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Congress Returns from Recess Focused on Funding

Members of Congress returned from their holiday recess this week to a government funded under yet another stop-gap measure that is set to expire on January 19. Fiscal year (FY) 2018 started October 1 and Congress has yet to pass any appropriation bills for the year. Before any of the proposed legislation can be sent to the President’s desk, Congress must come to an agreement on the top-line spending levels allowed by law. These budget caps will decrease in FY 2018 under the Budget Control Act through sequestration, unless Congress passes a deal to increase the spending levels.

The renewed focus on government funding comes after Congressional Republicans passed their much-anticipated tax cut before the winter holidays. While the final tax bill did not include problematic proposed provisions to classify graduate student tuition waivers as taxable income, the tax plan would still add an estimated trillion dollars to the federal deficit over the next decade, which would likely lead to significant cuts to non-defense discretionary funding down the line, including federal research programs.

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Posted in Issue 1 (January 9), Update, Volume 37 (2018)

NDD United Highlights Impacts of Budget Cuts in Faces of Austerity 2.0 Report

On October 25, NDD United, a broad coalition of stakeholders interested in protecting non-defense discretionary (NDD) programs from budget cuts (including COSSA), held a congressional briefing to celebrate the launch of its latest report, Faces of Austerity 2.0: How Budget Cuts Continue to Make Us Sicker, Poorer, and Less Secure. The report explores how sequestration and the Budget Control Act put programs that millions of Americans rely on at risk. NDD United is calling upon Congress to stop NDD funding cuts by treating defense and nondefense programs equally, maintaining the precedent set in the Bipartisan Budget Act of 2013. NDD United aims to demonstrate that these budget cuts are not just numbers on paper, but represent real and increasingly difficult challenges for many Americans.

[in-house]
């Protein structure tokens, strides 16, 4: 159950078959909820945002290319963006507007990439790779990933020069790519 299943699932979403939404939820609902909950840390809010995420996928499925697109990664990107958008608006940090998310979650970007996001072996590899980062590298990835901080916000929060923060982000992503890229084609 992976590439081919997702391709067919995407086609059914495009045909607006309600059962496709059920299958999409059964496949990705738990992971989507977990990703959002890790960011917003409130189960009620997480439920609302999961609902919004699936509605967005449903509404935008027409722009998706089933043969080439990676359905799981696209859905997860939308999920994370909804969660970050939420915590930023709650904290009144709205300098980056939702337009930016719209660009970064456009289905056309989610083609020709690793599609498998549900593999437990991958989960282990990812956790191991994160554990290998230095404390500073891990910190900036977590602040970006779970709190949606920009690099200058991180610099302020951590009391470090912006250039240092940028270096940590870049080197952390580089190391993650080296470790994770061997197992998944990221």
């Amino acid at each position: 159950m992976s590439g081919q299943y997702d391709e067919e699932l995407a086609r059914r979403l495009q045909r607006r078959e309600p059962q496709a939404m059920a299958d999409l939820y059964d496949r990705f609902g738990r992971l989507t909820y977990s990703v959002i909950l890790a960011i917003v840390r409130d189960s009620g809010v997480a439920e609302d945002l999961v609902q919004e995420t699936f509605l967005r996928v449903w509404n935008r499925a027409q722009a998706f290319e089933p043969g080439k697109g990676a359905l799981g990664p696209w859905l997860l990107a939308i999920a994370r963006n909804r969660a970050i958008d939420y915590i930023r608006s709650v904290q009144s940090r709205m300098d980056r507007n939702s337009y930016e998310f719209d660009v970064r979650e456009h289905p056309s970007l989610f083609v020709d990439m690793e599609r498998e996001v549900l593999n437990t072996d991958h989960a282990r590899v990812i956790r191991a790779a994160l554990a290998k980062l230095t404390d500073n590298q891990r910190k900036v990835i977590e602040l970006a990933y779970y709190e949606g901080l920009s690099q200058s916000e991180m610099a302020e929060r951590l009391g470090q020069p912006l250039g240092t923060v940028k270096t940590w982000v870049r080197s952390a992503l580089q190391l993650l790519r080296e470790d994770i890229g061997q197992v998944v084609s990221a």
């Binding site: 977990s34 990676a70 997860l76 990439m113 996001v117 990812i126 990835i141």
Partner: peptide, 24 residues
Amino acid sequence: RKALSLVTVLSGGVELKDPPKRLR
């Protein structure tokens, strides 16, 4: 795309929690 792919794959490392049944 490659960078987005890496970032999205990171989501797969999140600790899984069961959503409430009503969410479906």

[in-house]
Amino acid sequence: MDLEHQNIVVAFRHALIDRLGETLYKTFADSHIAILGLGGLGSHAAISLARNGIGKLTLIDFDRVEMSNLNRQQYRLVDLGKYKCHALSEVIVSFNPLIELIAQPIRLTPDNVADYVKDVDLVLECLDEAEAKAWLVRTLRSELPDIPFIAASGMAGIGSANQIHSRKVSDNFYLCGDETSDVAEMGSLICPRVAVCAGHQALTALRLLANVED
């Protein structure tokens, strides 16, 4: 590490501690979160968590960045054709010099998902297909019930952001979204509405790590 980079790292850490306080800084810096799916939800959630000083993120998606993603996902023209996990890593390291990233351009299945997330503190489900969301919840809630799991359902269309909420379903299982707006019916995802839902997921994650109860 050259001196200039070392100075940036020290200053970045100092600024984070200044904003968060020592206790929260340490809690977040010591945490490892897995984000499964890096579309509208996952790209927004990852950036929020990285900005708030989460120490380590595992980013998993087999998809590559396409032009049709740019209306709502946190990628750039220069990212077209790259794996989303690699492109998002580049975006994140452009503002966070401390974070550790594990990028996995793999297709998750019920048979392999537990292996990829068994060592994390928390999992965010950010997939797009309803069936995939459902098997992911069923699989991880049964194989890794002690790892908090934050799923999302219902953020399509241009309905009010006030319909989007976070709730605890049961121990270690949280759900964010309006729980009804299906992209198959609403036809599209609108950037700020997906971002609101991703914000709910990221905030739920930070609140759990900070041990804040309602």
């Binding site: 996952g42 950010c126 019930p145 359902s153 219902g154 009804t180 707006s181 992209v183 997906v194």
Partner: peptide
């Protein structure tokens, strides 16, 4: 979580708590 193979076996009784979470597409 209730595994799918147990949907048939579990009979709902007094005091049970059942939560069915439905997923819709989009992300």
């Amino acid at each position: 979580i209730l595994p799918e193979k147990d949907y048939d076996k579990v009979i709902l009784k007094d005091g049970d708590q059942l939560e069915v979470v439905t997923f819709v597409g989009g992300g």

At the congressional briefing, NDD United invited a panel of five speakers to share their personal experiences with cuts to NDD programs. Melissa Armas, a mother and volunteer with Parent Voices CA, shared her story first. This past year, Melissa accepted a bonus from her employer, and because of it, she was $100 over the low-income threshold to receive a government subsidy that would allow her four-year-old daughter to attend daycare. Michael Gritton, Executive Director of KentuckianaWorks, an organization that educates, trains, and connects local job seekers with employers, shared that his organization has had to close two training centers and cut training programs by 40 percent because of NDD budget cuts. Joseph Hill-Coles, Community Navigator at Youth Services, Inc. used his personal experience as a homeless eighteen-year-old to amplify the need to fund “age and culturally appropriate” programs for homeless teens. Jim Northup, former Superintendent of Shenandoah National Park, spoke about the necessity of a sustained annual national budget that allows agencies and programs to plan their yearly spending effectively. The final speaker, Ashley Webb, Prevention Program Manager for the Illinois Association for Behavioral Health, explained how reliant state and local programs and organizations are on federal funding, especially in a state like Illinois where state funding is often unreliable. She echoed the voices of the other speakers when affirming that these programs should be able to spend “less time fundraising and more time working.”

This article was contributed by COSSA’s fall intern, Erin Buechele of the University of Massachusetts, Amherst.

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Posted in Issue 21 (October 31), Update, Volume 36 (2017)

COSSA & NDD Partners Call for End to Sequester

On February 18, COSSA joined more than 2,100 organizations on a letter to Congress calling for an end to sequestration in fiscal year (FY) 2016 and protection of nondefense discretionary (NDD) spending from additional cuts. The letter was organized by NDD United, a broad coalition of organizations that have banded together to combat cuts to NDD funding. Participants represent sectors from science and health to environment, justice, and civil rights.

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Posted in Issue 3 (February 24), Update, Volume 34 (2015)


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